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Über dieses Buch

Within the context of the Convention on Biological Diversity (CBD), the Cartagena Protocol on Biosafety (CPB) was established as an implementing agreement. The CPB is an international agreement establishing the rights of recipient countries to be notified of and to approve or reject the domestic import and/or production of living modified organisms (LMOs). Decisions regarding import/production are to be on the basis of a biosafety assessment. Article 26.1 of the CPB allows for the (optional) inclusion of socio-economic considerations (SECs) into that biosafety assessment process. This book compiles expert assessments of the issues relevant to SEC assessment of LMOs and fundamental for decisions regarding whether to undertake such assessments at all. It includes an overview of the inclusion of SEC assessment in the regulation of LMOs that looks at the rationale for the inclusion of SECs, in the context of the existing science-based risk assessment systems. This book reviews the various factors that can and have been suggested for inclusion in SEC assessment, and provides a meaningful dialogue about the contrasts, benefits and tradeoffs that are, and will, be created by the potential move to the inclusion of SECs in the regulation of LMOs, making it of interest to both academics and policy-makers.



Governance of Agricultural Biotechnology


1. Introduction to Socio-Economic Considerations in the Regulation of Genetically Modified Organisms

Just over 20 years ago, an innovation occurred in agriculture-one with global implications. From this modest beginning, agricultural biotechnology and GM crops have become nothing short of the most rapidly, and widely, adopted innovation in the history of commodity agriculture. This book aims to provide an overview of socio-economic considerations (SEC) assessment in biotechnology regulation as a resource for policy makers and other interested stakeholders concerned with the development of best practice, methods and policy guidelines for SEC evaluation implementation and inclusion in decision making. This chapter sets the scene for the remainder of the chapters.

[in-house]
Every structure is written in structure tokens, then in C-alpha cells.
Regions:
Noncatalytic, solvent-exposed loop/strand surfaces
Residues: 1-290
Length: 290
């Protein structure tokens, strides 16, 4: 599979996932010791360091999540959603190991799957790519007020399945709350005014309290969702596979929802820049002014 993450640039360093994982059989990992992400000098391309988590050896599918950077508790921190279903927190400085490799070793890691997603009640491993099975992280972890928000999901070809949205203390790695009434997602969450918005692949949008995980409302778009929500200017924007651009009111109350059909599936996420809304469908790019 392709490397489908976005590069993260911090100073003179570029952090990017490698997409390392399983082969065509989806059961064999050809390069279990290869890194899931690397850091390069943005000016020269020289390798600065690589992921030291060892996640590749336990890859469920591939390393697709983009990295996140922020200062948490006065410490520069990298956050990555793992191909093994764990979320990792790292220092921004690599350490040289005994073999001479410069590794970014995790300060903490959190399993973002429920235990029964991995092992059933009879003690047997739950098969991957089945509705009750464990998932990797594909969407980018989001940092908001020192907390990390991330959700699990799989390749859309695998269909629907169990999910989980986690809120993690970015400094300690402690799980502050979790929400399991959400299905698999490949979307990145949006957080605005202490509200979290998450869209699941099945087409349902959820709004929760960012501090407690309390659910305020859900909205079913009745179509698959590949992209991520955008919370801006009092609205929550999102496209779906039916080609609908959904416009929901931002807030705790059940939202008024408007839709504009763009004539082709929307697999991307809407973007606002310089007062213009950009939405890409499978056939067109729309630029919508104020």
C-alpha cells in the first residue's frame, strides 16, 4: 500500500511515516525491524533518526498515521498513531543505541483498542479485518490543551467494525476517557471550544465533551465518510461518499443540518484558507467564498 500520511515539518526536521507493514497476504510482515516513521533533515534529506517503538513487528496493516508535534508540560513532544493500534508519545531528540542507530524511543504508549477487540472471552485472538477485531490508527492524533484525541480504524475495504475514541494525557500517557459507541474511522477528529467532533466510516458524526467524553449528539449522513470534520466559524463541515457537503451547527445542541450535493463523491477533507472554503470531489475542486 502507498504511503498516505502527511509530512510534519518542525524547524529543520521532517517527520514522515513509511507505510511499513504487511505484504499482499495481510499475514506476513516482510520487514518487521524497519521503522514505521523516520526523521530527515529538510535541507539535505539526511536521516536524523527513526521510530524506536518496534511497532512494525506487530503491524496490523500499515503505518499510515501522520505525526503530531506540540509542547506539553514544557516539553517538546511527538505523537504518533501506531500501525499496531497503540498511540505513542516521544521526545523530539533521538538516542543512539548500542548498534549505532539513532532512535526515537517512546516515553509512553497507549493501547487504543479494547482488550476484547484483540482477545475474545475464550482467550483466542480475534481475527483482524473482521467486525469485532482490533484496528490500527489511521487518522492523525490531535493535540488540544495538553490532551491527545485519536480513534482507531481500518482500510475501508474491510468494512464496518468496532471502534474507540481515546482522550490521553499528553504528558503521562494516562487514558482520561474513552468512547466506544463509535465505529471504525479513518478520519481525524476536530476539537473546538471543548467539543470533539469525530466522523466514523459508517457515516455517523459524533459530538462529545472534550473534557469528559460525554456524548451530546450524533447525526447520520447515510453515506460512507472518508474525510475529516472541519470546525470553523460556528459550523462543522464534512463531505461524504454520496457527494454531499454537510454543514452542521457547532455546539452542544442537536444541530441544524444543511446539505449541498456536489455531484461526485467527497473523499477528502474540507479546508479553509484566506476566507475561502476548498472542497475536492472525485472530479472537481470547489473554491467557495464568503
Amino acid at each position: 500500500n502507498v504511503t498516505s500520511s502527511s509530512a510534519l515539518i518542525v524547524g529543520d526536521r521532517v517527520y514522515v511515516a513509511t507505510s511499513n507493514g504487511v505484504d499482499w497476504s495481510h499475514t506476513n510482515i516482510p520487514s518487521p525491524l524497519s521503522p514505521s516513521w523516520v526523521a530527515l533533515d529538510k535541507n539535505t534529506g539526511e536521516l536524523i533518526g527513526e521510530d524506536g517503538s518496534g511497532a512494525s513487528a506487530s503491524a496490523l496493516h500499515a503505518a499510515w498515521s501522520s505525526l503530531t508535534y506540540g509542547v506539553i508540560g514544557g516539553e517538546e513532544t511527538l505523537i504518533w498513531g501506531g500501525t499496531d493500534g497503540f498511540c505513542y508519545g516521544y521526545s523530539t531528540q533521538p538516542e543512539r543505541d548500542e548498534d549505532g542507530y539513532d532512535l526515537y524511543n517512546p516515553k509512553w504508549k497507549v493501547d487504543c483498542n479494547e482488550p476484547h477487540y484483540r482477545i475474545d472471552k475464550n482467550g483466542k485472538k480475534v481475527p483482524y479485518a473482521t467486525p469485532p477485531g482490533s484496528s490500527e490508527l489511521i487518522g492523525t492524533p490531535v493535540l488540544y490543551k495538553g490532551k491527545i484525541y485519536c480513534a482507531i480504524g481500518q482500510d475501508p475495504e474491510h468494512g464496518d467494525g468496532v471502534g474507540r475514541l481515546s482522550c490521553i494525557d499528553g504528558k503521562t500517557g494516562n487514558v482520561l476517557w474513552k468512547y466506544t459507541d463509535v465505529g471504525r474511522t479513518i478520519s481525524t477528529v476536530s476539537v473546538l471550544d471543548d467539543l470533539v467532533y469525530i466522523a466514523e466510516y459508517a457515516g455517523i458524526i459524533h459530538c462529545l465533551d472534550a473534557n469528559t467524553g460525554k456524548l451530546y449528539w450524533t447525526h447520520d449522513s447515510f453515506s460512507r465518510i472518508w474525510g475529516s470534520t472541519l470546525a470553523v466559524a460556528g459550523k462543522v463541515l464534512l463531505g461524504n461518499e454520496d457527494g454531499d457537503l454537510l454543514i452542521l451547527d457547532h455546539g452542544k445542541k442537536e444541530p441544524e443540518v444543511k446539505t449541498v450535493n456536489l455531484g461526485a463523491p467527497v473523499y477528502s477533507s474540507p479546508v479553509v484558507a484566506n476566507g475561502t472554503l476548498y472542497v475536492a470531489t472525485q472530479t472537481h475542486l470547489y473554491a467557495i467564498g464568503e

Karinne Ludlow, Stuart J. Smyth, José Falck-Zepeda

2. The State of Science-Based Regulation and Genetically Modified Crops

This chapter discusses the relationship between risk and innovation. This is done by first, providing the background to the establishment and then the evolution of the risk analysis framework and second, by discussing the international governance capacity of risk and biotechnology. The highlights the gaps in the international regulatory structure for products of biotechnology. Following this, the chapter provides a detailed assessment of the North American regulatory framework for genetically modified crops. This portion of the chapter identifies the government departments and agencies that are involved in the regulation framework and the Acts that govern their oversight role. The chapter concludes that science-based regulatory systems provide a consistent and transparent process for managing the commercialization of innovative crop research.
Stuart J. Smyth, José Falck-Zepeda, Karinne Ludlow

3. International Context of Socioeconomic Considerations and the Regulation of Genetically Modified Organisms

Many countries have made significant investment in developing broad agricultural biotechnology capacity focused on developing plant and animal breeding, advanced genomics, tissue culture, and genetic transformations (Falck-Zepeda et al. 2009). Developing countries have been particularly interested in supporting their resource poor smallholder farmers while addressing multiple productivity challenges and cultural diversity and operating in agricultural and natural ecosystems which may be mega biodiverse. These challenges are made more difficult to overcome because developing countries also face significant institutional and policy challenges.